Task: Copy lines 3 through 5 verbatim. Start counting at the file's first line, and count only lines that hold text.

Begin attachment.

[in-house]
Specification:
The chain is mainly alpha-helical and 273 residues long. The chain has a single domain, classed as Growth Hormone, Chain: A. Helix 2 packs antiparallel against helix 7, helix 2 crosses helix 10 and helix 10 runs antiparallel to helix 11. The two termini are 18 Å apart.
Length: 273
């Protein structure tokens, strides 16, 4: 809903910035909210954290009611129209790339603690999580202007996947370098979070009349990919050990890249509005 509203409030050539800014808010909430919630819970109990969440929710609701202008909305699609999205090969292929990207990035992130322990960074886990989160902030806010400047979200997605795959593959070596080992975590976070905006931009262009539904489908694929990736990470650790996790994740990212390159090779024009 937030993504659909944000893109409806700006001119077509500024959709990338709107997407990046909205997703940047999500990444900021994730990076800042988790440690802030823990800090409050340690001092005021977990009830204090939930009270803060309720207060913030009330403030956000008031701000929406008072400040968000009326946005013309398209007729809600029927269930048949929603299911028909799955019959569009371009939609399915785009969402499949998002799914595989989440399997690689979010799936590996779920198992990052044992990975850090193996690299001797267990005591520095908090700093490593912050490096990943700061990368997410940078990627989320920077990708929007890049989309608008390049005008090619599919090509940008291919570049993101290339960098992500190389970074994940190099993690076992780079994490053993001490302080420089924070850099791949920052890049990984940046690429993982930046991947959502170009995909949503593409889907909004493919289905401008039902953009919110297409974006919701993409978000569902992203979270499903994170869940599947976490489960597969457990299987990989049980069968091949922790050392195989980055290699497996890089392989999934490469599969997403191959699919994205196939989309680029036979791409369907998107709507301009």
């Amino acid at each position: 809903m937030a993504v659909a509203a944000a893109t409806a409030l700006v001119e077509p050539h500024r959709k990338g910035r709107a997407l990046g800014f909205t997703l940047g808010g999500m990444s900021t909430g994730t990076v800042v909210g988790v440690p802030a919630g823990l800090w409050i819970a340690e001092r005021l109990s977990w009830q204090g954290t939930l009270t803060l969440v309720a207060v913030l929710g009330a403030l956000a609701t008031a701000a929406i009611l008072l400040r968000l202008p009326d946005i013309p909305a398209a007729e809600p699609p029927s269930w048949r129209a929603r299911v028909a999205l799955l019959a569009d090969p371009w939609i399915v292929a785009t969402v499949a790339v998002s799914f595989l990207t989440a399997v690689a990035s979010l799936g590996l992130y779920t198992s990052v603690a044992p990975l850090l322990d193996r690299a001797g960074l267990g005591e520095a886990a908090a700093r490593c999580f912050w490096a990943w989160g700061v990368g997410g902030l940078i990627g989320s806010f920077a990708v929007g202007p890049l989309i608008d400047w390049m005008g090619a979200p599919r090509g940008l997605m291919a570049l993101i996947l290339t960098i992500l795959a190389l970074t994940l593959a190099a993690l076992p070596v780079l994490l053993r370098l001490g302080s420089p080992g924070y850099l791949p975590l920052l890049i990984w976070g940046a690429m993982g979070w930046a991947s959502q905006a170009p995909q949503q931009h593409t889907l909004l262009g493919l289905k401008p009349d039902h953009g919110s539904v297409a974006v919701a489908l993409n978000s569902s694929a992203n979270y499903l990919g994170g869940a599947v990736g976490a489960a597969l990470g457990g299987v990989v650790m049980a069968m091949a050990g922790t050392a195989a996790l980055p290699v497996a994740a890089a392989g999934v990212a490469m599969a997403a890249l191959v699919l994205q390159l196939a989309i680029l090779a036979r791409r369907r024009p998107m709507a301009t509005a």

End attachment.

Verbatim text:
The chain is mainly alpha-helical and 273 residues long. The chain has a single domain, classed as Growth Hormone, Chain: A. Helix 2 packs antiparallel against helix 7, helix 2 crosses helix 10 and helix 10 runs antiparallel to helix 11. The two termini are 18 Å apart.
Length: 273
């Protein structure tokens, strides 16, 4: 809903910035909210954290009611129209790339603690999580202007996947370098979070009349990919050990890249509005 509203409030050539800014808010909430919630819970109990969440929710609701202008909305699609999205090969292929990207990035992130322990960074886990989160902030806010400047979200997605795959593959070596080992975590976070905006931009262009539904489908694929990736990470650790996790994740990212390159090779024009 937030993504659909944000893109409806700006001119077509500024959709990338709107997407990046909205997703940047999500990444900021994730990076800042988790440690802030823990800090409050340690001092005021977990009830204090939930009270803060309720207060913030009330403030956000008031701000929406008072400040968000009326946005013309398209007729809600029927269930048949929603299911028909799955019959569009371009939609399915785009969402499949998002799914595989989440399997690689979010799936590996779920198992990052044992990975850090193996690299001797267990005591520095908090700093490593912050490096990943700061990368997410940078990627989320920077990708929007890049989309608008390049005008090619599919090509940008291919570049993101290339960098992500190389970074994940190099993690076992780079994490053993001490302080420089924070850099791949920052890049990984940046690429993982930046991947959502170009995909949503593409889907909004493919289905401008039902953009919110297409974006919701993409978000569902992203979270499903994170869940599947976490489960597969457990299987990989049980069968091949922790050392195989980055290699497996890089392989999934490469599969997403191959699919994205196939989309680029036979791409369907998107709507301009």